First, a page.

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Main article: Child custody

Joint custody is a court order whereby custody of a child is awarded to both parties. Many states recognize two forms of joint custody: joint physical custody, and joint legal custody. In joint physical custody, which is also known as joint physical care, actual lodging and care of the child is shared according to a court-ordered custody schedule. In many cases, the term 'visitation' is no longer used in these circumstances. In joint legal custody, both parents share the ability to have access to educational, health, and other records, and have equal decision-making status where the welfare of the child is concerned. It is important to note that joint physical custody and joint legal custody are different aspects of custody, and determination is often made separately in many states' divorce courts. E.g., it is possible to have joint legal custody, but for one parent to have primary physical custody.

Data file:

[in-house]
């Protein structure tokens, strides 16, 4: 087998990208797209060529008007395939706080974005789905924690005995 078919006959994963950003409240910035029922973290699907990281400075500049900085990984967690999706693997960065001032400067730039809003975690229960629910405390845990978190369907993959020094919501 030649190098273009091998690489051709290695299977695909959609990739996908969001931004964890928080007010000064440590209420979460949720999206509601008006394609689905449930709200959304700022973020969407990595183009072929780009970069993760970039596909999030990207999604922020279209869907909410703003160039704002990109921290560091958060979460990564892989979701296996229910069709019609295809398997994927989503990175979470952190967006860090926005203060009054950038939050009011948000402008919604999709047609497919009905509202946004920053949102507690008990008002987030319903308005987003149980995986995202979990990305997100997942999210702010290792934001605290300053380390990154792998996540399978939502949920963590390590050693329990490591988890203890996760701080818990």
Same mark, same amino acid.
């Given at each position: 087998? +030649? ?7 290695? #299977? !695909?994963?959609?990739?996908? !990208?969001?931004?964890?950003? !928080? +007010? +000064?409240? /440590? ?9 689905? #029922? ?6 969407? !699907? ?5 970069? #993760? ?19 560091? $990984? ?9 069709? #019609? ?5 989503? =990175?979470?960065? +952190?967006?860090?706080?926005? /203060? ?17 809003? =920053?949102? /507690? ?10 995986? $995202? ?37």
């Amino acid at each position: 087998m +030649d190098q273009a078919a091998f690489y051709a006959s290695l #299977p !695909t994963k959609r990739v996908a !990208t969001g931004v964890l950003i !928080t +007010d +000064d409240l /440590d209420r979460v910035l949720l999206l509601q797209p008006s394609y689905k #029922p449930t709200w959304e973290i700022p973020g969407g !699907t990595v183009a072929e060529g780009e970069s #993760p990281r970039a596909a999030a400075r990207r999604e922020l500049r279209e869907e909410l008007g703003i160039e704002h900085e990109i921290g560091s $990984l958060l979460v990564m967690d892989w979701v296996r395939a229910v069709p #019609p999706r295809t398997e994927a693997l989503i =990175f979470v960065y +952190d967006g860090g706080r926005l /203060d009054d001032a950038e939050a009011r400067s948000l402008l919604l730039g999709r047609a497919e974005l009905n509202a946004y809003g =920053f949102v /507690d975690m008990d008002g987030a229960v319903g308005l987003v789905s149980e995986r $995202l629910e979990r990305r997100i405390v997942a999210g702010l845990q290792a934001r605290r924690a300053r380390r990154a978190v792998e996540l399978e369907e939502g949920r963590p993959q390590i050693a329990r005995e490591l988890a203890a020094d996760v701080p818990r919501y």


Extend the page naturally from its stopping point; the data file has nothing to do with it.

Canada

In Canada, joint custody (referred to by Canadian law as shared custody) is defined as a living situation where the child spends 40 percent or more of their time with each parent. [1] [2]

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References


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